Wednesday, November 19, 2008

Reap the wind...

Rhythm is the basis of life, not steady forward progress. The forces of creation, destruction, and preservation have a whirling, dynamic interaction.
- from the Kabbalah

They whirled past the dark trees, as feathers would be swept before a hurricane. Houses, gates, churches, hay-stacks, objects of every kind they shot by, with a velocity and noise like roaring waters suddenly let loose..."Faster! Faster!"
- Charles Dickens

Sometimes we are privileged to witness an event or experience something that is so intense, it becomes imprinted in minute detail upon our memory bank. It doesn't matter if the experience is terrible and frightening or wonderfully pleasant and magical. When our senses or emotions are stimulated to such an extent, we can later recall every detail because to remember is to re-experience.

I've been fascinated by tornadoes for most of my life. Like many who grew up or lived in "tornado alley," these violent storms with their dangerous beauty and magnificent terror have a hold on me. I'm conflicted by my attraction to these phenomena; I admit to feeling guilty for what I can only describe as the hypnotic pleasure I derive from watching footage of twisters. They literally and metaphorically draw me toward the vortex, unable to take my eyes away from the sight of that undulating funnel. I understand their power and the devastation they wreak, but I cannot counter my fascination.

There is a eerie shade of green that forecasts menace in a severe thunderstorm. Whenever I see that color, preceding or following a line of brilliant white, I know to take cover. When I was about nine or ten my family lived in a two story house in central Illinois. I remember the sky turning black and green and white as the sirens blared and the wind came up strong. There wasn't time to run to a neighbor's basement, so my mother huddled us beneath the heavy kitchen table in the southwest corner of our two story house. The sound was incredible, a constant deafening roar while everything shook and rattled. Outside was near blackness, everything moving horizontally, and it was that sight - that moment - as the huge funnel cloud passed so near - that sticks in my mind's eye.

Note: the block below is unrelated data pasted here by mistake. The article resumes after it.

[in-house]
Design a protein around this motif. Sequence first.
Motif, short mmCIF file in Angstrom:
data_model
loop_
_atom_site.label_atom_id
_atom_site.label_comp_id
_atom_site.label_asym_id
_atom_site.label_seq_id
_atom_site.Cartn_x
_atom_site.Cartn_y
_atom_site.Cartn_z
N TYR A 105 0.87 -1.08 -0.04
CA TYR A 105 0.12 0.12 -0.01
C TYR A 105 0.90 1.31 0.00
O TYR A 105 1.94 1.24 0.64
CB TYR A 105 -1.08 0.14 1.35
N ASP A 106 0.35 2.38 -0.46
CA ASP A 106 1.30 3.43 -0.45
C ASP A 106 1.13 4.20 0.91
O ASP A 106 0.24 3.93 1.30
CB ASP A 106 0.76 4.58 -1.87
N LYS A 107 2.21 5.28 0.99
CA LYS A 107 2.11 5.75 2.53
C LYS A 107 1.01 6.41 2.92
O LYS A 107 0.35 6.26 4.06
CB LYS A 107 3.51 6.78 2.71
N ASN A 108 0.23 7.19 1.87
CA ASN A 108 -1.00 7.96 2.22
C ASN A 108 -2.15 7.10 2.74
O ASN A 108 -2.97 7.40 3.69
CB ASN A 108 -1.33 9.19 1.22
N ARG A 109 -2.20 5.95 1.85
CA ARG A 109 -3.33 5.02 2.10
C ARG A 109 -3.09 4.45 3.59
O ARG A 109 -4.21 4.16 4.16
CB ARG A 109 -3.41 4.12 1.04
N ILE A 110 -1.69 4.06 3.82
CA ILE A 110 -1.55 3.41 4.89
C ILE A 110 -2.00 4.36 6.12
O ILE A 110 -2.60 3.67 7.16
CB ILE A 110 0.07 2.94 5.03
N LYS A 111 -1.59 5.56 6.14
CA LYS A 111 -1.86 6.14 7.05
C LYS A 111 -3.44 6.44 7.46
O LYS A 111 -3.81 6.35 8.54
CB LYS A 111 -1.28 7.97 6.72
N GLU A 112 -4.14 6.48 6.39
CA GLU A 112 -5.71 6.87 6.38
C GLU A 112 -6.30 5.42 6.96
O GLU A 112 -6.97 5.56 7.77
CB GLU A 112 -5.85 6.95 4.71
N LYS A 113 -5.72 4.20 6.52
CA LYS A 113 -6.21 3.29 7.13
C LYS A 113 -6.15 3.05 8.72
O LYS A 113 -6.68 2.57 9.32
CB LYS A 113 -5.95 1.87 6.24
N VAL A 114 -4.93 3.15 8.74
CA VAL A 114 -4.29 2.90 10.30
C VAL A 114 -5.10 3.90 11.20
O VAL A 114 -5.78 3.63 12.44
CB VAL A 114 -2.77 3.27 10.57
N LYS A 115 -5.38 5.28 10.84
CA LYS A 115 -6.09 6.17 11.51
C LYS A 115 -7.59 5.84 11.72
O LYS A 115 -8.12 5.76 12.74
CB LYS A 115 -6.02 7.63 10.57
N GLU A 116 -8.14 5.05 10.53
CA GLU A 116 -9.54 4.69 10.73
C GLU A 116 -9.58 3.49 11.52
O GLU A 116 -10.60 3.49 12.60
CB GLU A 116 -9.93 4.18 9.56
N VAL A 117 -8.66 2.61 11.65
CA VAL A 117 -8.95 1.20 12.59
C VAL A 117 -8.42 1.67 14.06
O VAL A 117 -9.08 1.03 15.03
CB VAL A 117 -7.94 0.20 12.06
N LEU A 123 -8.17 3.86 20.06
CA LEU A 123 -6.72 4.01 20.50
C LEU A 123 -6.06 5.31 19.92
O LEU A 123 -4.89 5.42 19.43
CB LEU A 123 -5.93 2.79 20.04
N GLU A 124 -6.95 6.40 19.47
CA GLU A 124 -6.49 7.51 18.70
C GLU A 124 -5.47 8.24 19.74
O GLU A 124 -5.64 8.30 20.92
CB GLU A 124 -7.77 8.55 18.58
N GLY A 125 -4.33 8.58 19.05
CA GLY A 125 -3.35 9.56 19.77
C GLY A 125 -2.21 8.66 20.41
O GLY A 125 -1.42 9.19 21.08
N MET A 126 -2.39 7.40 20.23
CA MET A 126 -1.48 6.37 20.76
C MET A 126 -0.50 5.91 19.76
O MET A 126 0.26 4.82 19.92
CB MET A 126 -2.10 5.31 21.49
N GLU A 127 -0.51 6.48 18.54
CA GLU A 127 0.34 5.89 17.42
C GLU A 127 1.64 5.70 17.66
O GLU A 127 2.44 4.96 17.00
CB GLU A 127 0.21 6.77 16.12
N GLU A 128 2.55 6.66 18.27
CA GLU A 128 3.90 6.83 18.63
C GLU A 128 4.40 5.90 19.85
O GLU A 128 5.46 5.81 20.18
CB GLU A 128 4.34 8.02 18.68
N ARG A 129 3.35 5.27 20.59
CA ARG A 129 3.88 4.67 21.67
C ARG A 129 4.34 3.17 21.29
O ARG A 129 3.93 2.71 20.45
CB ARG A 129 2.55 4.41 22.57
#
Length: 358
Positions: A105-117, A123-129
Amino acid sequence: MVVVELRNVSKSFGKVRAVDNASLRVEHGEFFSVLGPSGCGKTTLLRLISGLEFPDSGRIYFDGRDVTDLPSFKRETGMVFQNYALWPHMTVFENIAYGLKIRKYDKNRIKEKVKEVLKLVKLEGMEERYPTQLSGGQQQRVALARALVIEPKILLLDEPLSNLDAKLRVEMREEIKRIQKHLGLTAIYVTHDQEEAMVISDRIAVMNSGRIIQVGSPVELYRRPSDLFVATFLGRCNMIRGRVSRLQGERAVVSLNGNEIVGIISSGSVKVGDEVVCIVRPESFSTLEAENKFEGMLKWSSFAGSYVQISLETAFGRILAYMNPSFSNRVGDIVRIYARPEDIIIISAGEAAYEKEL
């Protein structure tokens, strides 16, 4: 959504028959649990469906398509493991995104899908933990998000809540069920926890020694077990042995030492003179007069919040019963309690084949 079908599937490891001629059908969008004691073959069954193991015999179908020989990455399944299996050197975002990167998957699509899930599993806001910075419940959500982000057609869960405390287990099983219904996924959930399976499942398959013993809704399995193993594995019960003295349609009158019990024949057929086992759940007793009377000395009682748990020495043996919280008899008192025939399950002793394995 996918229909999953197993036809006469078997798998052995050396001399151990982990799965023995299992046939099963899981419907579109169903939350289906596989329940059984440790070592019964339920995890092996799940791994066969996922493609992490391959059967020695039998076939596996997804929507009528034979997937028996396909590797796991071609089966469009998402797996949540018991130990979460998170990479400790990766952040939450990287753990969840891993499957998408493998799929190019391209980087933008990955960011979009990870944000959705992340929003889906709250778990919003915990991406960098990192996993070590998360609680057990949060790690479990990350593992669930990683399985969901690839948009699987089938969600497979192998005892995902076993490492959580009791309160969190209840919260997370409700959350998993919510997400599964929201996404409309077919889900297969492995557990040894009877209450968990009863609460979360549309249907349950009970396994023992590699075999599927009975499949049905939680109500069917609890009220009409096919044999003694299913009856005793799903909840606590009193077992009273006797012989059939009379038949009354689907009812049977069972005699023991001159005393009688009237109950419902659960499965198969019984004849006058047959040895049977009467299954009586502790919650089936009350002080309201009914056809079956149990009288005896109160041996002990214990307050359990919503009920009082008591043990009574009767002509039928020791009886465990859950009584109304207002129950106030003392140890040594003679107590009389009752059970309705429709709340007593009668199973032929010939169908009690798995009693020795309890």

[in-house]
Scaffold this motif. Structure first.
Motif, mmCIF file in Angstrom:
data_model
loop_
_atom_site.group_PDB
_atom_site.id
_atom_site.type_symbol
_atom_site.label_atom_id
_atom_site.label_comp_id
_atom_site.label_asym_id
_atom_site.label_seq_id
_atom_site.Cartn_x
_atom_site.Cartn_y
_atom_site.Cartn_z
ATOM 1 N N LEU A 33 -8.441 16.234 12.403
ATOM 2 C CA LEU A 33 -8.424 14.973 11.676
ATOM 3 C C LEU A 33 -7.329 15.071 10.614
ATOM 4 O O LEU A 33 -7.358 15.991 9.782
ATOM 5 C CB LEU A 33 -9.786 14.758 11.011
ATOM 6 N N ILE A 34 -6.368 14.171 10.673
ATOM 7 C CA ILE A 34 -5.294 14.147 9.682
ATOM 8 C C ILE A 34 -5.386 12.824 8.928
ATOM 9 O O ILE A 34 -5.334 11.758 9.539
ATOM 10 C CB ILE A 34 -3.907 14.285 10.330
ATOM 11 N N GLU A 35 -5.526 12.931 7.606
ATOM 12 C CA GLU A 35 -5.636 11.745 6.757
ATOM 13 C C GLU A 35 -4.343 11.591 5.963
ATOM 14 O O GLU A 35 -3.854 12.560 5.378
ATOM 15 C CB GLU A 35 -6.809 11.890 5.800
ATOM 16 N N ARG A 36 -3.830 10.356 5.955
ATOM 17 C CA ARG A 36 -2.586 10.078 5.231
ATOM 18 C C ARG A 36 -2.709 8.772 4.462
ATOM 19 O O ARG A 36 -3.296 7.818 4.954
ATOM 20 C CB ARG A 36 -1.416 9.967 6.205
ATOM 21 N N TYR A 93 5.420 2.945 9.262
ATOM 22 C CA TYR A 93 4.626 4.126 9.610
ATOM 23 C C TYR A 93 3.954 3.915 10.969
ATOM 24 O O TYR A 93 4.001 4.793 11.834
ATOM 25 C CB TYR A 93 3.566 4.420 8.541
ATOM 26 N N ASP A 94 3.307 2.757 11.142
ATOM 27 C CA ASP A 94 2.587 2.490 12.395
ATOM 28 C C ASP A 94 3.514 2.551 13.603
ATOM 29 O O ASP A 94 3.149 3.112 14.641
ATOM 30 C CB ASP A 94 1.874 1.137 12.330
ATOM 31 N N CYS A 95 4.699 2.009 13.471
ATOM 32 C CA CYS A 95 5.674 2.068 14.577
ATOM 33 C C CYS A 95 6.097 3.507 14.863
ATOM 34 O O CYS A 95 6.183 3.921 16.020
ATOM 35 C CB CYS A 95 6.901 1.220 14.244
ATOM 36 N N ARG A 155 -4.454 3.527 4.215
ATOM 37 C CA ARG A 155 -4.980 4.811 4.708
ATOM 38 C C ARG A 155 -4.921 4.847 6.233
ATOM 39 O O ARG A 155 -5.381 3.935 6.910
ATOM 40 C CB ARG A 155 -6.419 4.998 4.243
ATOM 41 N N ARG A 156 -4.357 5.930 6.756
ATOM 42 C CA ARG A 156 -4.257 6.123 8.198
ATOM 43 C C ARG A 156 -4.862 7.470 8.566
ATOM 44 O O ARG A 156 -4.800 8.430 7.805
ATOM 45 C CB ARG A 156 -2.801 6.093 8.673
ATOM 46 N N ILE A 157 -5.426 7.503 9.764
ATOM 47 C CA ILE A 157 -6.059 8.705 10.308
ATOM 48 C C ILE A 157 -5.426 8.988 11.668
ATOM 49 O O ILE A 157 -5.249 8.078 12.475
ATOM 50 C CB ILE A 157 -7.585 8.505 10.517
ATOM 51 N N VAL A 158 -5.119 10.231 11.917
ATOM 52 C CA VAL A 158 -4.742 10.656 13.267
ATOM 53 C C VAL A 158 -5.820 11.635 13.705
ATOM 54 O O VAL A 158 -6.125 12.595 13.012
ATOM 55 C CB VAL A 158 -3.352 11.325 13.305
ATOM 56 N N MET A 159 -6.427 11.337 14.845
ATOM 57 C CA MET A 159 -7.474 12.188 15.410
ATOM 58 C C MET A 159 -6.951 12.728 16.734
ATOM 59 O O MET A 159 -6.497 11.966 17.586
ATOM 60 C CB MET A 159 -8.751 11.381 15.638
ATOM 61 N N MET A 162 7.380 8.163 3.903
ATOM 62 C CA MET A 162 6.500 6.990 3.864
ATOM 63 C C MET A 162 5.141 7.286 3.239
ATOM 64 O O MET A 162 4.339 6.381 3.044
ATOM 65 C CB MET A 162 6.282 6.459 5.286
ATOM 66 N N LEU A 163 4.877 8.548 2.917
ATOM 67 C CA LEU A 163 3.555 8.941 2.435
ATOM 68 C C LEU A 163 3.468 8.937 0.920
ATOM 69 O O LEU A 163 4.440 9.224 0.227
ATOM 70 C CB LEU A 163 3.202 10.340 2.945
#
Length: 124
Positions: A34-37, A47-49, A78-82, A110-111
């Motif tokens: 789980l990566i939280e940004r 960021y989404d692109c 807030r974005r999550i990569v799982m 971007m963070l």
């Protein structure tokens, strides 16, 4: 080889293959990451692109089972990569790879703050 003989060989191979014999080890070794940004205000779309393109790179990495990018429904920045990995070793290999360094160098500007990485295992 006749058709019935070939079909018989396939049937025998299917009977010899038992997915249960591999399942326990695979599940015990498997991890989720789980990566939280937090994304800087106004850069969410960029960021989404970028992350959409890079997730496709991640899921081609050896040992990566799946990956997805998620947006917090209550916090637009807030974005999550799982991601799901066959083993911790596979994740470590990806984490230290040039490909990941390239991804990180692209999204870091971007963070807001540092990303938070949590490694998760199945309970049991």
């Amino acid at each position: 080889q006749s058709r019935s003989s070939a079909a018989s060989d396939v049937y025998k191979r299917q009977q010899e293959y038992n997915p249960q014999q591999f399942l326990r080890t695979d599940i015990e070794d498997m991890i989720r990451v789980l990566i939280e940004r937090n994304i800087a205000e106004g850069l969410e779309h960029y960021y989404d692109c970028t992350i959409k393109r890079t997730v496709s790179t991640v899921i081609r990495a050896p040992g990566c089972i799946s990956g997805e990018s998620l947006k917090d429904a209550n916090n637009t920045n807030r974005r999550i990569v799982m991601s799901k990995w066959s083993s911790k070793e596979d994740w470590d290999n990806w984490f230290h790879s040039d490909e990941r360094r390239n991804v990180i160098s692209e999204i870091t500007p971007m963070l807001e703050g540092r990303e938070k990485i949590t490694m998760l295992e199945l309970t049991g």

Suddenly there was a tremendous crashing, tearing sound, and our mighty maple tree blew over and through the kitchen wall, right on top of our table shelter. We kids scrambled screaming out from under - and it was over. The wind died and everything went quiet except the dripping of rainwater coming through the openings in the roof.

Throughout my life I have drawn and painted tornadoes, amassed a collection of photographs of funnel clouds, and purchased those Weather Channel videos of "Nature's Fury." Of course I own and love The Wizard of Oz, and Twisters I and II. I have photographs of a sculpture installation at Artpark in Lewiston, NY taken from both the inside and outside of a thirty foot tall interactive "tornado" that took my breath away; I so wished I had built it. It would seem I cannot get enough of twister imagery.

Yesterday was another beautiful 60+ cloudless day. It was breezy, but not windy and the air was cool, the sun very warm as the horses munched their afternoon feed. I was filling the horses water troughs when I became aware of a rushing, crackling sound like wind rattling through dry leaves. I glanced down the slope toward the treeline and was delighted to see a small whirlwind stirring itself into a little frenzy of leaves and debris.

As I watched, mesmerized, the tiny cyclone grew, spiraling to a height of thirty or forty feet as it swept up the hill right toward me. I've experienced small whirlwinds passing over and seemingly through me a time or two, and I anticipated this one with delight and excitement. When it was no more than twenty feet away, I realized this one was still growing in intensity, and I experienced a tiny thrill of fear, but stood my ground. And then the twister cut sharply away from me toward where Jessie, the pinto gelding, was concentrating on his dinner. He suddenly became aware that something was after him and I swear he jumped straight up in the air as the cyclone surrounded and passed over him. He stood trembling and snorting with all four legs extended, watching the little twister dance across the driveway and dissipate. If he could speak, he'd have said: "What the hell was that?!!" I have the effrontery to envy him - though were our positions reversed, I'm quite certain he would not feel the same.

The whole thing took less than a minute, an amazing, magical, entirely captivating few moments, yet it is perfectly imprinted upon my mind's eye. I can't stop thinking about it and I know it will emerge as a painting in the near future.

Hosea 8:7